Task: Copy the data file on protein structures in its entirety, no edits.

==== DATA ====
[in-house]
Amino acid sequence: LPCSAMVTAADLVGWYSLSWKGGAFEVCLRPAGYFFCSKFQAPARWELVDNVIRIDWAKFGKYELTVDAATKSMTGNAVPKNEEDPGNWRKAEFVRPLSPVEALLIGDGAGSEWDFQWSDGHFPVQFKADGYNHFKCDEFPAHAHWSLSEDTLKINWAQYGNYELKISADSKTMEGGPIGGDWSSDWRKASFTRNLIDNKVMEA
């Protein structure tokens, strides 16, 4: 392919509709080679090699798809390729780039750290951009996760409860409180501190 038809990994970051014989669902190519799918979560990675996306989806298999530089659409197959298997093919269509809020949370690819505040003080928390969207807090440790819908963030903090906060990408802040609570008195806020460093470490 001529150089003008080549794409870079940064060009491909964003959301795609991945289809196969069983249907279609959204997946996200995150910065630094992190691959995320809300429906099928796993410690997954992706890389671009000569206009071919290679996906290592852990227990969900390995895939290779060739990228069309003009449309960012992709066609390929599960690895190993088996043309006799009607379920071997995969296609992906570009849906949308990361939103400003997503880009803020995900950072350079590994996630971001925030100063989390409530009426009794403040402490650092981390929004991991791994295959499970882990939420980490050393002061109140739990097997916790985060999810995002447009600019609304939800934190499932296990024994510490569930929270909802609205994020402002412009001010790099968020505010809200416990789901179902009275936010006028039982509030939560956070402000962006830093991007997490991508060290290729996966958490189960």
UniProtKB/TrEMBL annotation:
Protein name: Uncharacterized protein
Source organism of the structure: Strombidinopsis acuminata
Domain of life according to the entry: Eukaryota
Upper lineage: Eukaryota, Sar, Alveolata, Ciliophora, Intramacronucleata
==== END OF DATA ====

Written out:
[in-house]
Amino acid sequence: LPCSAMVTAADLVGWYSLSWKGGAFEVCLRPAGYFFCSKFQAPARWELVDNVIRIDWAKFGKYELTVDAATKSMTGNAVPKNEEDPGNWRKAEFVRPLSPVEALLIGDGAGSEWDFQWSDGHFPVQFKADGYNHFKCDEFPAHAHWSLSEDTLKINWAQYGNYELKISADSKTMEGGPIGGDWSSDWRKASFTRNLIDNKVMEA
């Protein structure tokens, strides 16, 4: 392919509709080679090699798809390729780039750290951009996760409860409180501190 038809990994970051014989669902190519799918979560990675996306989806298999530089659409197959298997093919269509809020949370690819505040003080928390969207807090440790819908963030903090906060990408802040609570008195806020460093470490 001529150089003008080549794409870079940064060009491909964003959301795609991945289809196969069983249907279609959204997946996200995150910065630094992190691959995320809300429906099928796993410690997954992706890389671009000569206009071919290679996906290592852990227990969900390995895939290779060739990228069309003009449309960012992709066609390929599960690895190993088996043309006799009607379920071997995969296609992906570009849906949308990361939103400003997503880009803020995900950072350079590994996630971001925030100063989390409530009426009794403040402490650092981390929004991991791994295959499970882990939420980490050393002061109140739990097997916790985060999810995002447009600019609304939800934190499932296990024994510490569930929270909802609205994020402002412009001010790099968020505010809200416990789901179902009275936010006028039982509030939560956070402000962006830093991007997490991508060290290729996966958490189960």
UniProtKB/TrEMBL annotation:
Protein name: Uncharacterized protein
Source organism of the structure: Strombidinopsis acuminata
Domain of life according to the entry: Eukaryota
Upper lineage: Eukaryota, Sar, Alveolata, Ciliophora, Intramacronucleata